Desiring the Kingdom Part 4

Have you ever thought of yourself as a liturgical person? Probably not. Liturgy basically means order, or could be understood loosely as habits. A liturgical worship service follows a particular, often prescribed, order.

We are all liturgical people. We go through our days based on particular habits, whether intentional or not, and make decisions that are influenced by our unique orientation.

Here is an illustration to help. When you drive on a familiar route, let’s say from home to work and back, how often do arrive at your destination without giving much thought to the pressure of the gas pedal, the grip of the steering wheel, the turning on of signal lights, checking mirrors, etc.?

Now, think about the first couple weeks after starting to drive for the first time. Can you remember learning how much pressure to apply on the pedals? How you needed to turn in order to avoid hitting the curb? Which way you had to push the signal light switch to make it signal left or right?

I have heard it said that over 90% of our decisions each day are subconscious. They flow from habit or routine. And, unfortunately, many of our decisions are poor decisions. We have learned bad habits. We have a liturgy that produces idolatry rather than worship of the one true God.

There are some things we can do to develop liturgies that will transform our worship, redirect our vision toward Jesus. You can probably think of some already. Morning prayer and Scripture reading is vital. Weekly attendance at a local church worship service is a must.

There are things we can do daily that many Christians do not immediately think about. Here are a few suggestions you can try out with your family. You may find that after a few weeks of regular practice, some of your subconscious habits, your daily liturgies, will begin to change:

  1. Begin each day with a song of praise, a call to worship so to speak (you can choose to sing it or not). Example:
    Come, let us bow down in worship,
    let us kneel before the Lord our Maker;
    For he is our God
    and we are the people of his pasture,
    the flock under his care. (Psalm 95:6-7, NIV)
  2. Meditate on a short (1 or 2 verses) passage from the Sermon on the Mount (Matthew 5-7), or from an instructional passage in the Old Testament such as ones found in Deuteronomy 5-8.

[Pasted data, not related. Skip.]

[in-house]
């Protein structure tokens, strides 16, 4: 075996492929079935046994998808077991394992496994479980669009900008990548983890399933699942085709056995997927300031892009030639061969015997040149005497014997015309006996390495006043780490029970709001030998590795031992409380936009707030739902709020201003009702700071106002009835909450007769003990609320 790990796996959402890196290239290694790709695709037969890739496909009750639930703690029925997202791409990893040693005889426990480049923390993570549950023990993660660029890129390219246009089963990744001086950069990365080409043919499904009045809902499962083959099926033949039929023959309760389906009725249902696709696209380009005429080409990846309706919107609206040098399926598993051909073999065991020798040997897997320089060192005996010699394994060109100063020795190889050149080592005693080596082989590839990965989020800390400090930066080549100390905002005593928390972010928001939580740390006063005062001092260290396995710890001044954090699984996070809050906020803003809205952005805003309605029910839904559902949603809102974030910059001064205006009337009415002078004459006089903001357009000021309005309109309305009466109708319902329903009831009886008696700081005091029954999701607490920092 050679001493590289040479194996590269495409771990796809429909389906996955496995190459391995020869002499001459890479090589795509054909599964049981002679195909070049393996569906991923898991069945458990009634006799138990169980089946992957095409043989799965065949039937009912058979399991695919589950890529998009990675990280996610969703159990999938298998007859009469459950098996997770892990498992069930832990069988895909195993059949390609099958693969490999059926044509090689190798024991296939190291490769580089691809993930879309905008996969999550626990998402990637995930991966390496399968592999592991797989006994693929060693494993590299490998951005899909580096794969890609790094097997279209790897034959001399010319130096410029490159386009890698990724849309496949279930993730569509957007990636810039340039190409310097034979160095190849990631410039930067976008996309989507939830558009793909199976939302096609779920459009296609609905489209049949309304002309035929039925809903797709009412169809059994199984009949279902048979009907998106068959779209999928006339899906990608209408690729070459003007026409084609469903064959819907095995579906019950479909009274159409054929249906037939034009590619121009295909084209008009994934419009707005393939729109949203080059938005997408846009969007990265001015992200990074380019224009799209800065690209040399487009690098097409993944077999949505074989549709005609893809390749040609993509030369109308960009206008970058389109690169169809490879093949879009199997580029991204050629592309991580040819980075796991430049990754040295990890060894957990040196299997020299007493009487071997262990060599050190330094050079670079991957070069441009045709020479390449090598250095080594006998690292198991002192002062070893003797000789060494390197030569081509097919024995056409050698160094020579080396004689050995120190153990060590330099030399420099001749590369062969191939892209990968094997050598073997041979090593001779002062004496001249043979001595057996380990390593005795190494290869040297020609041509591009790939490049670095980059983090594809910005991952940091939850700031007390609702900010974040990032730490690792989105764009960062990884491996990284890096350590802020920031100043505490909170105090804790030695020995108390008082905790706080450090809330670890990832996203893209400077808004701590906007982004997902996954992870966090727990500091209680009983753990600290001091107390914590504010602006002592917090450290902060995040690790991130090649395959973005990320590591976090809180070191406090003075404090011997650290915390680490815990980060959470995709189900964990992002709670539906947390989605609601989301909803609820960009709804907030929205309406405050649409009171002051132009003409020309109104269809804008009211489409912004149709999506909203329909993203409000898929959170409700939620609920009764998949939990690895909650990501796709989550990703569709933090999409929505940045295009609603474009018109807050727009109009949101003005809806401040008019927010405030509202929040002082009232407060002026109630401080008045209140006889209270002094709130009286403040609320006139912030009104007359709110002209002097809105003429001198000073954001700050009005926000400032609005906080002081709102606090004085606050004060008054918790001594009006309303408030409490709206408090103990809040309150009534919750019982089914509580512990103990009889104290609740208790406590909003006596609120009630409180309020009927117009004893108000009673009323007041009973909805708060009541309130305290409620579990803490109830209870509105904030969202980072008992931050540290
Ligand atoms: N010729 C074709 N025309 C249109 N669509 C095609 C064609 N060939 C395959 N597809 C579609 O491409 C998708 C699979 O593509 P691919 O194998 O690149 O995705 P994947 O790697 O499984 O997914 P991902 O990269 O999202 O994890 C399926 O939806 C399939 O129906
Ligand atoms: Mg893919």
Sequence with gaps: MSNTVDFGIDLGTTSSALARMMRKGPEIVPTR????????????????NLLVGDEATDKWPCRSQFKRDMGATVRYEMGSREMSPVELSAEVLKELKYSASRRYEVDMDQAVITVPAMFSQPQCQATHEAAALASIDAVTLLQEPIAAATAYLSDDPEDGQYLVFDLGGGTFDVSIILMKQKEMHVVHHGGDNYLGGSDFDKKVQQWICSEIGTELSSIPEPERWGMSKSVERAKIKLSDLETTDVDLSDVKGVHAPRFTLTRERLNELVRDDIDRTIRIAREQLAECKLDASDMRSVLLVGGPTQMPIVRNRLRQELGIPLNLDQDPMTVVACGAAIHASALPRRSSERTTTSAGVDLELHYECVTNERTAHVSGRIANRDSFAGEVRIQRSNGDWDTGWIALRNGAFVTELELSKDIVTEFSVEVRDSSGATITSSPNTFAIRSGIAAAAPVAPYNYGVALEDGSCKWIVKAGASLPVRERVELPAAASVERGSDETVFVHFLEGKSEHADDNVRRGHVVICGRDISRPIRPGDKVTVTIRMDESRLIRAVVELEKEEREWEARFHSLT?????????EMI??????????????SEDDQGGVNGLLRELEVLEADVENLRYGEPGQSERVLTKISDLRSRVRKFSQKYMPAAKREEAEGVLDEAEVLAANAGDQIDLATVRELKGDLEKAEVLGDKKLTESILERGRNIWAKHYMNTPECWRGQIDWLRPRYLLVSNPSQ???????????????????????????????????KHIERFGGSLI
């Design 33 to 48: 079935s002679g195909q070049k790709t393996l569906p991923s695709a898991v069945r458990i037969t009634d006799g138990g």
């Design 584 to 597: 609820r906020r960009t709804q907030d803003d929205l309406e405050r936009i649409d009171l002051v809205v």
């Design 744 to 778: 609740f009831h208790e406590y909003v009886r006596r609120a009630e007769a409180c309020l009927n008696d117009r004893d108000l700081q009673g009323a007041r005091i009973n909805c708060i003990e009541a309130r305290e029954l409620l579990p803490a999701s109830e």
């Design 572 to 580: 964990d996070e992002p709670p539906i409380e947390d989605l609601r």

3. Find someone you can regular make confessions to (accountability partner). Tell them about what you have done that you feel guilty about. Make sure this is someone who you trust and who can remind you of the forgiveness of God.
  4. Learn some of the ancient Christian Creeds and recite them regularly.
  5. Practice communion with your family regularly (weekly or more).

Note: for more reading on this topic, check out Desiring the Kingdom by James K.A. Smith.

Desiring the Kingdom Part 3

“He came into the very world he created, but the world didn’t recognize him. He came to his own people, and even they rejected him.” John 1:10-11 (NLT)

All throughout history, humans have been trying to get to God, become like God, or prove there is no God. Because of the fall of humanity through Adam and Eve, we are born with a twisted view of our relationship with God.

When Jesus came into the world, he turned things around on us. Instead of us trying to get to God, God came to us through Jesus. God became flesh and dwelt among us (John 1:14). Jesus is the human form of God, demonstrating to us that God still wants people to exist and to exist in the way he created us.

Contrary to what you may have thought your entire life, holiness begins with what we currently have, not with some day in the future when we have it all together.

Our goal is not to try and escape our present reality, but for our reality to become the place in which we welcome the kingdom of God. Desiring the kingdom means receiving the kingdom into our current situation. No matter your circumstance, whether it be dark and hopeless or bright and full of hope, we need to allow the presence of Jesus to enter in.

Jesus will then begin to give life to what we are currently doing, by making changes (usually small and slow), or by revealing himself through what is already going on around you. Stop thinking you need your life in order; allow God to enter and use what you have right now.

When I graduated from Prairie College, I was given a diamond willow staff. Every Bachelor of Arts grad got one. The message behind that staff was that God used what was in the hand of Moses. It was just a stick, but God said, “what is that in your hand?”, and then used it to perform miracles.

God wants to use what you have in your hand, even if you think it is worthless. Do you want God to use what you have?